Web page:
University Extension Programs to Promote the Traditional Knowledge of Marginalised Rural Communities in the ASEAN Region




Traditional knowledge, innovation, university outreach, marginalised communities, ASEAN


Many indigenous and marginalised communities, particularly those in tropical regions, traditionally use herbs and medicinal plants to treat various illnesses and disorders. This “traditional knowledge” requires protection. Unfortunately, the World Intellectual Property Organization members have been unable to agree on a definition. However, member states have acted in concert with other members or independently. Initially, the paper analyses the legal instruments utilised by each of the ten countries of ASEAN to protect and promote traditional knowledge. For instance, in 1999, Thailand legislated its Protection and Promotion of Traditional Thai Medicinal Intelligence Act and Plant Varieties Protection Act. The World Health Organization recognises the role of herbal medicines. Universities can play a pivotal role in working with the local communities for the common good and including the community in the rewards from any commercial production. Roles for universities require personnel with the ability to work with local communities and gain their confidence and trust. This knowledge obtained from the community will be held in high regard. Nevertheless, its pharmacology and efficacy must be tested. Universities can also play a role in every step of product development. Finally, examples of successful roles provided by universities and other research institutions are presented. Such projects require a comprehensive team of specialists with a variety of skills, such as scientists, agriculturalists, pharmacists, medical practitioners, intellectual property lawyers, and business development and marketing specialists. Finally, any research and development activities must acknowledge traditional knowledge holders.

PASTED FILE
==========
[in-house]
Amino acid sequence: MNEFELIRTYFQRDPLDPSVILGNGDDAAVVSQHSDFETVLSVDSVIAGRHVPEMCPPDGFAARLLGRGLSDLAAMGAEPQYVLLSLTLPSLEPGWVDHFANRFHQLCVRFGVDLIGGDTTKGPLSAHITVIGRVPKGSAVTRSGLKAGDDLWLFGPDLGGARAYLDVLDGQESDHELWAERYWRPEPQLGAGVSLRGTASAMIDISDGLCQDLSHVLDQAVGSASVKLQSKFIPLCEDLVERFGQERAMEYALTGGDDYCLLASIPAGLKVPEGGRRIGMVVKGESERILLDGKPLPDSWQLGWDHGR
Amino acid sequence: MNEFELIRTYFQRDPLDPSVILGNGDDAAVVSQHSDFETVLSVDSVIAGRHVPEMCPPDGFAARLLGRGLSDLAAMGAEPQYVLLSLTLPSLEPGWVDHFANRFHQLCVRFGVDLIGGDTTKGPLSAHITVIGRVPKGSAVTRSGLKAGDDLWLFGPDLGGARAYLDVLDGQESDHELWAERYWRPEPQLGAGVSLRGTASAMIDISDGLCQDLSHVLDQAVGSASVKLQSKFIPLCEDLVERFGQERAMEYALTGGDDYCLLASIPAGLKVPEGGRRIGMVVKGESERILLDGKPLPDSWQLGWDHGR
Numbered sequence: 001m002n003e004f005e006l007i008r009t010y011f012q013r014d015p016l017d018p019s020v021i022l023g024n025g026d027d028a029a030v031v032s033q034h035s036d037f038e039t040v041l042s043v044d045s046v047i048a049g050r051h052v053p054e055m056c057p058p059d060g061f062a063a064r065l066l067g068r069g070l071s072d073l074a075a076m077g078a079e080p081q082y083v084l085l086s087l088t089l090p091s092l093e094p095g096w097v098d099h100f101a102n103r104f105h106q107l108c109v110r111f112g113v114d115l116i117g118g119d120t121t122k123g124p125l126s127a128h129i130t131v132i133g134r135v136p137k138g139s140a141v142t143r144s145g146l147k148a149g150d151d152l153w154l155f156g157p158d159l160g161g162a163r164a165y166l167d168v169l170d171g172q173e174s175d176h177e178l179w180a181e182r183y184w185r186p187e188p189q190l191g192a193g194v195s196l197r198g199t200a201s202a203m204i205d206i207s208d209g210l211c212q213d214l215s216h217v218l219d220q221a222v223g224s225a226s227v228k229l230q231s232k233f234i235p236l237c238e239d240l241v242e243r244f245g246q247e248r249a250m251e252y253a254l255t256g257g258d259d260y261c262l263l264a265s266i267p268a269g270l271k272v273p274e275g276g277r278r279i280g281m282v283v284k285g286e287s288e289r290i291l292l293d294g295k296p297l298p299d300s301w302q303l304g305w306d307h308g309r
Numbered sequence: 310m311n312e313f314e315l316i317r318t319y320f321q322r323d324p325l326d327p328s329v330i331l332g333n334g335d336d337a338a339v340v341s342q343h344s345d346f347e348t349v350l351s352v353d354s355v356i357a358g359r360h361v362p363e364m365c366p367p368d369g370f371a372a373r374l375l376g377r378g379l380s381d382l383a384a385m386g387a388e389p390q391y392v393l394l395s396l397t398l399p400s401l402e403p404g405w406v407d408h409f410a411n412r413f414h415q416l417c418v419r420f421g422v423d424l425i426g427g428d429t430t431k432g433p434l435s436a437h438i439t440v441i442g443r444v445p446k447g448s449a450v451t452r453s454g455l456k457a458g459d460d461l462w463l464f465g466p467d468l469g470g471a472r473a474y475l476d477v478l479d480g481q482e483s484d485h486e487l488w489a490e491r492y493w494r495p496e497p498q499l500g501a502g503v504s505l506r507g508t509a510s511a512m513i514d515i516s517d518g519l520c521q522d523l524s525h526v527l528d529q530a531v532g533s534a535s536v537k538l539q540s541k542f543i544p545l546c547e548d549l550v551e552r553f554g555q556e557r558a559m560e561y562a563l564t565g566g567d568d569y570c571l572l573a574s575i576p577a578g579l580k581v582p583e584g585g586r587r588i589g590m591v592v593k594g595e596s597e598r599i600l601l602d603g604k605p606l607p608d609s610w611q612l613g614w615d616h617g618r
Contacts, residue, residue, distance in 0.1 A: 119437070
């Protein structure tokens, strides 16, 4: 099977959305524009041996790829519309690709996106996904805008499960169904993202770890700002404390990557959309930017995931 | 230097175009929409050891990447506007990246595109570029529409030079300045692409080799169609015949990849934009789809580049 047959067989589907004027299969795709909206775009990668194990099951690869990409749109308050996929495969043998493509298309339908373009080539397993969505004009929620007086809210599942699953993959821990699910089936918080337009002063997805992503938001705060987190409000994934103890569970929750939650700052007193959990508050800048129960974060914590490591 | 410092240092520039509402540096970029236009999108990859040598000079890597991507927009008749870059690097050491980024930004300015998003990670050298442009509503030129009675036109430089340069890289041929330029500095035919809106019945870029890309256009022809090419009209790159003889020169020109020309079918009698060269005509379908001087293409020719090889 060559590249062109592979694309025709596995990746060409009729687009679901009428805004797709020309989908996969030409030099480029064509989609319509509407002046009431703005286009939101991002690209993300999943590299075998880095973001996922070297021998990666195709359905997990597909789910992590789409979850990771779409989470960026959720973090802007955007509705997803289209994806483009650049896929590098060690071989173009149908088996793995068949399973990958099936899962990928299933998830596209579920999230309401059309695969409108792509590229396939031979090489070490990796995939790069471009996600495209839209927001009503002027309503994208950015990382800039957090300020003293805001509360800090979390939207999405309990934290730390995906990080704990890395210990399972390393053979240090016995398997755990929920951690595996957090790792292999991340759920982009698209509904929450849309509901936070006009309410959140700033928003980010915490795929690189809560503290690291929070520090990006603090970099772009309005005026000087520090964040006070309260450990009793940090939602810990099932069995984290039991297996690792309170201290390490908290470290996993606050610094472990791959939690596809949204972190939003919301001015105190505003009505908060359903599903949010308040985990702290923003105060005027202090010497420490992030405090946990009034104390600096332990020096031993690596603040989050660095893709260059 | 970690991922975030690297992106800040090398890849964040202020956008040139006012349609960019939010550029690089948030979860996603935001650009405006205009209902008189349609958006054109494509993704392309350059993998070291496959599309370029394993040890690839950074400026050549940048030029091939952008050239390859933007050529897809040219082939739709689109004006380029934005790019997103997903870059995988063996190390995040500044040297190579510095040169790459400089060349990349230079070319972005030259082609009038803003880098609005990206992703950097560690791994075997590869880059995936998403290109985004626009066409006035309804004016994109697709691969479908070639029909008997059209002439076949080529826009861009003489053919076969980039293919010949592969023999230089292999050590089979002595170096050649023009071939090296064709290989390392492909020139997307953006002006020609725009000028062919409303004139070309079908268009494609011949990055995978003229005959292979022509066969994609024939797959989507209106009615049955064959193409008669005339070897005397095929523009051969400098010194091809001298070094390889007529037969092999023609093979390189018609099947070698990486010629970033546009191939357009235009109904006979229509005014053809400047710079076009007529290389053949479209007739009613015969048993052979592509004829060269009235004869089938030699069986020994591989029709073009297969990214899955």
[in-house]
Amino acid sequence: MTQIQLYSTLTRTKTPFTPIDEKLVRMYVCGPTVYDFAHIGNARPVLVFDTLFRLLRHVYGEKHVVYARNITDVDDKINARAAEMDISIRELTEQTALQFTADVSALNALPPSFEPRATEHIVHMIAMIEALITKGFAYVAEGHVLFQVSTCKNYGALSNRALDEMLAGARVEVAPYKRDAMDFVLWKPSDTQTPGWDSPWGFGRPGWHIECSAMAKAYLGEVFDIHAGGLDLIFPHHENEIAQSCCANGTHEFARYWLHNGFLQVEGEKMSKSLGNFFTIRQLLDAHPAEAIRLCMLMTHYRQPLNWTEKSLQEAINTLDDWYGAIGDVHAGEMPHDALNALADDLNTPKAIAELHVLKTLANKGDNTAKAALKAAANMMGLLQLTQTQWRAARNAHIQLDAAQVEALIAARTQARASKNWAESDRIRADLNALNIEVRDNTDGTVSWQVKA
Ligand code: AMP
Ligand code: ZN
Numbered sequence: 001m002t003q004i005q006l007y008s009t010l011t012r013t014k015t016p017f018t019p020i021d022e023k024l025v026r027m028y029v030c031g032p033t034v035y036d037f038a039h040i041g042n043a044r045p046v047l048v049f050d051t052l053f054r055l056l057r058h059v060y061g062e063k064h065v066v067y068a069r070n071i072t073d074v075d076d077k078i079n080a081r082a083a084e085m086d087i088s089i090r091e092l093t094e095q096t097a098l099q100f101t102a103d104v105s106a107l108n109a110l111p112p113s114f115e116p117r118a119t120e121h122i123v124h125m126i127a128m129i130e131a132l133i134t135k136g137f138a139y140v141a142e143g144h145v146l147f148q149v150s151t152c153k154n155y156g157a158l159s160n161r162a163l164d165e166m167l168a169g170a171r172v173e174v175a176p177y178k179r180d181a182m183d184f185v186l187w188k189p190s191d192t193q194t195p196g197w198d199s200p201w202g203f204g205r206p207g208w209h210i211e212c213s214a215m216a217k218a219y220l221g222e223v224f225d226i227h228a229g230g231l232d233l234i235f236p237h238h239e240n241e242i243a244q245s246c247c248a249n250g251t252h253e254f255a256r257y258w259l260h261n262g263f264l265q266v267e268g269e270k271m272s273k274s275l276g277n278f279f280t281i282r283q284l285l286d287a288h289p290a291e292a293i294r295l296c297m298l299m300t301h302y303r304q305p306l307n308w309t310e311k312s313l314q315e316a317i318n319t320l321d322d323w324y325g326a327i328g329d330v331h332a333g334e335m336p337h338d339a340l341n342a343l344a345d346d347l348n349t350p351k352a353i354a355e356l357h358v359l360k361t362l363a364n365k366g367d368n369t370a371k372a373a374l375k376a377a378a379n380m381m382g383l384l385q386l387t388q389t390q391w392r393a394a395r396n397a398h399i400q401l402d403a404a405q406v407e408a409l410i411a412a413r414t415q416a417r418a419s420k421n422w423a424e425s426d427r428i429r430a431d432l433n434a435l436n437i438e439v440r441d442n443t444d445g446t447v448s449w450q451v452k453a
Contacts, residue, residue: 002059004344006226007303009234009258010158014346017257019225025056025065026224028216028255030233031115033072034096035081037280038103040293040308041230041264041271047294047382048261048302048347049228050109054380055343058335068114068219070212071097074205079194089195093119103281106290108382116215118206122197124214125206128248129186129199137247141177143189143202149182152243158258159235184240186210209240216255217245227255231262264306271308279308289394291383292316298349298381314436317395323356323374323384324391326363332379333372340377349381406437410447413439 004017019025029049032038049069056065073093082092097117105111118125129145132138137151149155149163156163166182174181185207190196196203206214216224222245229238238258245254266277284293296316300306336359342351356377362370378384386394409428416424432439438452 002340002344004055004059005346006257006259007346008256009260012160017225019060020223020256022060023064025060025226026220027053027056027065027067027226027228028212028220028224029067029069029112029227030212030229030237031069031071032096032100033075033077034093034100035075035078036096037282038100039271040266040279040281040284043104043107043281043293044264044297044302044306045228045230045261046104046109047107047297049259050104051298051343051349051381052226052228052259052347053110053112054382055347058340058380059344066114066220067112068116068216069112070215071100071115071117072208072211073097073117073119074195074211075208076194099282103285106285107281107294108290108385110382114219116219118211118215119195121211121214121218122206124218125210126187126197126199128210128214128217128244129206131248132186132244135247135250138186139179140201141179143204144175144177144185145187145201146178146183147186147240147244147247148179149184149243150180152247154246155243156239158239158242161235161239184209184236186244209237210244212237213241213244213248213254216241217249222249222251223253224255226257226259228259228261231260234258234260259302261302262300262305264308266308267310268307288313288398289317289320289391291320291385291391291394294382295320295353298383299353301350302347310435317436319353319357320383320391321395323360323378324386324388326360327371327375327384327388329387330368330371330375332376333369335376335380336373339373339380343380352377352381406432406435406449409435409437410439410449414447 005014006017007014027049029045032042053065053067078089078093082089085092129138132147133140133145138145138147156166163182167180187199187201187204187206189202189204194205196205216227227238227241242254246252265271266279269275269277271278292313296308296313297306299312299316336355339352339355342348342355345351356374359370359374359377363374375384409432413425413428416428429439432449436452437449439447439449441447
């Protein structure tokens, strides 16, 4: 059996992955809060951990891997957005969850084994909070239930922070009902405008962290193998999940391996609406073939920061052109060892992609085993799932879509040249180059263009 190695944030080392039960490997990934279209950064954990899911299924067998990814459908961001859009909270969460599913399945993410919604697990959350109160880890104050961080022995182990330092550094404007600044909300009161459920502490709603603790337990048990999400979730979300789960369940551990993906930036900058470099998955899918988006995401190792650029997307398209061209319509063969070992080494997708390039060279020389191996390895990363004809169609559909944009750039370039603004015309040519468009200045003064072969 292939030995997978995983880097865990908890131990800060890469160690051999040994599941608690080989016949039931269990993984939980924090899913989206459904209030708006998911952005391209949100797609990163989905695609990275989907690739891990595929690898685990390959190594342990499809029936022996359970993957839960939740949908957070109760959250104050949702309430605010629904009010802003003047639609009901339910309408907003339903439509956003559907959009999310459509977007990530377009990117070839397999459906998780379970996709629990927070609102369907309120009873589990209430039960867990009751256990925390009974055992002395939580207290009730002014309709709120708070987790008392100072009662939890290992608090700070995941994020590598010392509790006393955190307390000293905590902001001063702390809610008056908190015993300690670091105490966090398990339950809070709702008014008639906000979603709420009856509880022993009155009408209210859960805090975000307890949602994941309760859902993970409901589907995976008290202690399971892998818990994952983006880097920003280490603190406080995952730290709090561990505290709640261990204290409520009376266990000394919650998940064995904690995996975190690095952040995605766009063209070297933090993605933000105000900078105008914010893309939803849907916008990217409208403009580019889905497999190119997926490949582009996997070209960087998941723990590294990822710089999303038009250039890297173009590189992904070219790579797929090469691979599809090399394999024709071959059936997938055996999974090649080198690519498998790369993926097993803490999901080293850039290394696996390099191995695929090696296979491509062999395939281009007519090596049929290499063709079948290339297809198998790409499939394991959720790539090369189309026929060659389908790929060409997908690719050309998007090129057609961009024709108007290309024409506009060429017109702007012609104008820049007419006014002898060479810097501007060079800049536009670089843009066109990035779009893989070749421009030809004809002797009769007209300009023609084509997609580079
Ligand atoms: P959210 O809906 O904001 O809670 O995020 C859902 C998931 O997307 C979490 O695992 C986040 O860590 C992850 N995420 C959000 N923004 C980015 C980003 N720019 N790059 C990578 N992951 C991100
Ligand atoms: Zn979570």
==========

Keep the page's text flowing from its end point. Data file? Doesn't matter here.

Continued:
Author Biographies

Nucharee Nuchkoom Smith, +66915645450

Dr Nucharee Nuchkoom Smith is an Assistant Professor in International Law at the Chalermphrakiat Sakon Nakhon Province Campus, Kasetsart University, Thailand. She has undertaken post. She has completed post-graduate study in political science and law. She was previously a legal officer in the House of Representatives, Thailand.  

Robert Smith, School of Law, University of New England, Armidale NSW 2351 Australia

Dr Robert Smith graduated with a BSc in 1969 and has undertaken postgraduate studies in Education, Engineering and Law. He holds a PhD in engineering and is currently a PhD candidate in law at the University of New England, Australia and an international development consultant working in Southeast and South Asia.